Datastore Sharding — an Overview of Strategies and Concerns

Photo by 은 하 on Unsplash

I did more learning on distributed systems this year, so would like to share some of my learning notes and experiments with you :) .

Category:

a. Horizontal Partitioning: Different rows are split into different partitions.

b. Vertical Partitioning: Different columns are split into different partitions (maybe some denormalisation are needed e.g. with userId — but it worths it, as it’s better to query in 1 partitions than doing a join across multiple partitions)

When to shard:

When a single node datastore reaches its bottlenecks:

  • Computing power: A server needs to handle concurrent queries and those need computing resources to run. This is the I/O limit.
  • Network bandwidth: It’s possible that the concurrent read/write exceeds the throughput of the database.
  • Geography. It might be efficient to store data of the users in the same region to reduce latency of data access.
  • High degree of data isolation and privacy requirement for some data arises.

Before sharding, you could try other options:

  • Creating more read replicas. Split read/write load and since most applications are read heavy, it might alleviate the problem.

Strategy:

1. Hash based:

Simple, use a hash function to compute the shard key into a hash value, and then mod it by number of shards, e.g. admin@email.com --hash--> 123249 --locate-shard--> % 20 = 9.

Pros:

  • Easy to maintain with the hash function vs. a lookup table.

Cons:

Use case: Memcached, Redis, MongoDB

2. Range based

Here, each shard is assigned a range of values, and when new record comes in, it is put on the shard whose range is the upper/lower bound of the shard key of the record.

Pros:

Cons:

  • Rebalancing can be difficult as the data is dynamically redistributed when the total number of data grows, and it’s difficult to pre-split the table into multiple shards.
  • Warming problem as at the start only a single node is taking all the queries because there’s not yet enough splits to happen for the data to be distributed to other idle nodes.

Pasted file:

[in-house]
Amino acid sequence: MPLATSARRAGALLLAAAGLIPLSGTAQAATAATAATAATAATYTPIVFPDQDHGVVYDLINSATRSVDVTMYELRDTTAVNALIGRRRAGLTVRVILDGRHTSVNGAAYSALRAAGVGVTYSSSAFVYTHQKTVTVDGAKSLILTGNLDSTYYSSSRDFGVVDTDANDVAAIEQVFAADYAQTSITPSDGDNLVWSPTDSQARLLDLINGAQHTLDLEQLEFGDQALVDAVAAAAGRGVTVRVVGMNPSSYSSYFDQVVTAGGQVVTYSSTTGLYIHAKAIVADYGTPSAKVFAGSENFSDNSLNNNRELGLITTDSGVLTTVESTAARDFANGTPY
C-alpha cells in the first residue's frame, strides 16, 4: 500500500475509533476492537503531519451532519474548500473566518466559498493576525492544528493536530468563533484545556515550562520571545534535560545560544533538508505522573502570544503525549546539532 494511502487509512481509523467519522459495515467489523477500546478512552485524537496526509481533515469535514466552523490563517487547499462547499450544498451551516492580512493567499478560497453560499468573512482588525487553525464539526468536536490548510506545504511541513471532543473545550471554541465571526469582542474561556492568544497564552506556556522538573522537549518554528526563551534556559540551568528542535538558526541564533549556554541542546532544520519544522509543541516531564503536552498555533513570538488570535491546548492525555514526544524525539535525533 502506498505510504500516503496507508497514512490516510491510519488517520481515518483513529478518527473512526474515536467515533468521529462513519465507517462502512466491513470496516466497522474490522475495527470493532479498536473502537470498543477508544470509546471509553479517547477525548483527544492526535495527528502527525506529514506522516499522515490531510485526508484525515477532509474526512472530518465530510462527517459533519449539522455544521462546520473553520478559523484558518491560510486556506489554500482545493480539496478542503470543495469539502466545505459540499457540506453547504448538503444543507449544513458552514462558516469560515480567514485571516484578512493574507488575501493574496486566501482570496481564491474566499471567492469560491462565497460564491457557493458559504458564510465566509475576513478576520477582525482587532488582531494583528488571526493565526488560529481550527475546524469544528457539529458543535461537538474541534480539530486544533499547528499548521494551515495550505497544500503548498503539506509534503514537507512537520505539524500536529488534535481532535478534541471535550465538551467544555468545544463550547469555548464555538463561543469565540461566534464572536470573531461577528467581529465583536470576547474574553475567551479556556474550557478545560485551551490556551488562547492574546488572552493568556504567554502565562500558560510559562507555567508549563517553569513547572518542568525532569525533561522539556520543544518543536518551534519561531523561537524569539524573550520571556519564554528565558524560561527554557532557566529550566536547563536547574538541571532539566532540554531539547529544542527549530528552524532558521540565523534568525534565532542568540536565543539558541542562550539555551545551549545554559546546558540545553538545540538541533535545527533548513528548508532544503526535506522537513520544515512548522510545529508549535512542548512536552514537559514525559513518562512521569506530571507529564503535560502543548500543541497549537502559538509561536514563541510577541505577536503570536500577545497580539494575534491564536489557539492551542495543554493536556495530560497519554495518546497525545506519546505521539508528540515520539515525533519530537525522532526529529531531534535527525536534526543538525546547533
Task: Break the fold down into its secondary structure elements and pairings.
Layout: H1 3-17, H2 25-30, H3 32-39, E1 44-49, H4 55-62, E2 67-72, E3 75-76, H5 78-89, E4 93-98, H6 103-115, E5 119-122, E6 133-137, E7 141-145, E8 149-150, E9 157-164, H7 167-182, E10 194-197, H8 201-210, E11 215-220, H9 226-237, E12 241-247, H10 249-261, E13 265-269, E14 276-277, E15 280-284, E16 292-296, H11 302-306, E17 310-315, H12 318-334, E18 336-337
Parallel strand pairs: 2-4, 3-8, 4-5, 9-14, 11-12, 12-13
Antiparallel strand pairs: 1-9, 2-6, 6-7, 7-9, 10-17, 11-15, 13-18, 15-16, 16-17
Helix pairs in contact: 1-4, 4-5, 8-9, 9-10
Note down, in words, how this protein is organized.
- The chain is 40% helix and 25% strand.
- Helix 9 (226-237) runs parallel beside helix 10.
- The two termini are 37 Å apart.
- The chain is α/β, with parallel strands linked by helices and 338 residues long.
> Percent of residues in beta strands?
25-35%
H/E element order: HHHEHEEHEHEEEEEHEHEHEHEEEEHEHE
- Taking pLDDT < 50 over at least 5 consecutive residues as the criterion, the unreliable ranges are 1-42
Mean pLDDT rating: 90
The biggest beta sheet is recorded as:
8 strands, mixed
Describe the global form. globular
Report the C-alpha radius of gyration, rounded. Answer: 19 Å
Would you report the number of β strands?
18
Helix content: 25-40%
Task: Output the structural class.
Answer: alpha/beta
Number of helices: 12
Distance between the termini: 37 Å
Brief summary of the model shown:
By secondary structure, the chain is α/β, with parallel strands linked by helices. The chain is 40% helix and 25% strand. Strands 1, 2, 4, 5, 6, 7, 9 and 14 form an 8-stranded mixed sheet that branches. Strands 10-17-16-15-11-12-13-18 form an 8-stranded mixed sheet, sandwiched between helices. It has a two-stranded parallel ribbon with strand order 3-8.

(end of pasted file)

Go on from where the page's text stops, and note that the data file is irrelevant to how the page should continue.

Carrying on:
Use case: Google Spanner and HBase

3. Consistent Hashing

This is actually also a hash-based strategy, but it’s very scalable vs. the basic one.

With consistent hashing, data is evenly and randomly distributed across shards on a “hash ring”.

Pros:

Cons:

Use case: DynamoDB and Cassandra

4. Directory based:

Similar to the range based hashing, a lookup table is maintained to keep track of which shard holds which data, but the shard key here has to be have low cardinality. (Low-cardinality refers to columns with few unique values. e.g. boolean value)

Potential Problems:

  • Keep shards balanced is important, but difficult to achieve, especially with hot key problem.
  • Rebalancing can be expensive, and doing this without incurring downtime is difficult. Thus, growth should be taken into consideration so that each shard has enough space to hold more records.
  • Less joins and more denormalisation. Joins across shards are expensive to operate and n alternative is to denormalise data so queries can be performed on one shard.
  • Challenges with referential integrity and consistency: As synchronisation across shards take time (normally async operations), referential integrity like foreign key or uniqueness is challenging without proper consideration. For example. auto- incrementing ID is a bad idea due to potential conflicts between shards, the same is for timestamped ID as the clock time of shards can be different.

That’s it! Happy Reading.